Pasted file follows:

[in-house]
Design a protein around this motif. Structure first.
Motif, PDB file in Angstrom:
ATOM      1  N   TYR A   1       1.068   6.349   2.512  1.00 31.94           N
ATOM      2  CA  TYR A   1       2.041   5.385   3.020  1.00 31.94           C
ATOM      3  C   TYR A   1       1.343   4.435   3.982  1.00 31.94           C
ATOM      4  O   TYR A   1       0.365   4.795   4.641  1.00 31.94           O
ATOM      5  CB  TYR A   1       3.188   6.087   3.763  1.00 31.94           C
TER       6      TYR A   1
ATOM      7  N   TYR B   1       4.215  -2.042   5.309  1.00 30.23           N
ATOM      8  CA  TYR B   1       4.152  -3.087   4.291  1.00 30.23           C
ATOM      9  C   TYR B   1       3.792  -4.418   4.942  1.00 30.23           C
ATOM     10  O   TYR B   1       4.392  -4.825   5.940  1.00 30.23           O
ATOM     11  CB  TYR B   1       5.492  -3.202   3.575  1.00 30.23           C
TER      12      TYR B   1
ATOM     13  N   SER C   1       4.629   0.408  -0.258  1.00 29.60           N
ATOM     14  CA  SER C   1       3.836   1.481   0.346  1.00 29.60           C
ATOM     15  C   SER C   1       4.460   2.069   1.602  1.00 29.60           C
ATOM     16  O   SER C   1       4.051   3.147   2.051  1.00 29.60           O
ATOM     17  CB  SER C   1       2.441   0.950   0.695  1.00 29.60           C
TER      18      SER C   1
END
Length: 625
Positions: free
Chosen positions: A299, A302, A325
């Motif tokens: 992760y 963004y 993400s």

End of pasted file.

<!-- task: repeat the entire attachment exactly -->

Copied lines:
[in-house]
Design a protein around this motif. Structure first.
Motif, PDB file in Angstrom:
ATOM      1  N   TYR A   1       1.068   6.349   2.512  1.00 31.94           N
ATOM      2  CA  TYR A   1       2.041   5.385   3.020  1.00 31.94           C
ATOM      3  C   TYR A   1       1.343   4.435   3.982  1.00 31.94           C
ATOM      4  O   TYR A   1       0.365   4.795   4.641  1.00 31.94           O
ATOM      5  CB  TYR A   1       3.188   6.087   3.763  1.00 31.94           C
TER       6      TYR A   1
ATOM      7  N   TYR B   1       4.215  -2.042   5.309  1.00 30.23           N
ATOM      8  CA  TYR B   1       4.152  -3.087   4.291  1.00 30.23           C
ATOM      9  C   TYR B   1       3.792  -4.418   4.942  1.00 30.23           C
ATOM     10  O   TYR B   1       4.392  -4.825   5.940  1.00 30.23           O
ATOM     11  CB  TYR B   1       5.492  -3.202   3.575  1.00 30.23           C
TER      12      TYR B   1
ATOM     13  N   SER C   1       4.629   0.408  -0.258  1.00 29.60           N
ATOM     14  CA  SER C   1       3.836   1.481   0.346  1.00 29.60           C
ATOM     15  C   SER C   1       4.460   2.069   1.602  1.00 29.60           C
ATOM     16  O   SER C   1       4.051   3.147   2.051  1.00 29.60           O
ATOM     17  CB  SER C   1       2.441   0.950   0.695  1.00 29.60           C
TER      18      SER C   1
END
Length: 625
Positions: free
Chosen positions: A299, A302, A325
């Motif tokens: 992760y 963004y 993400s």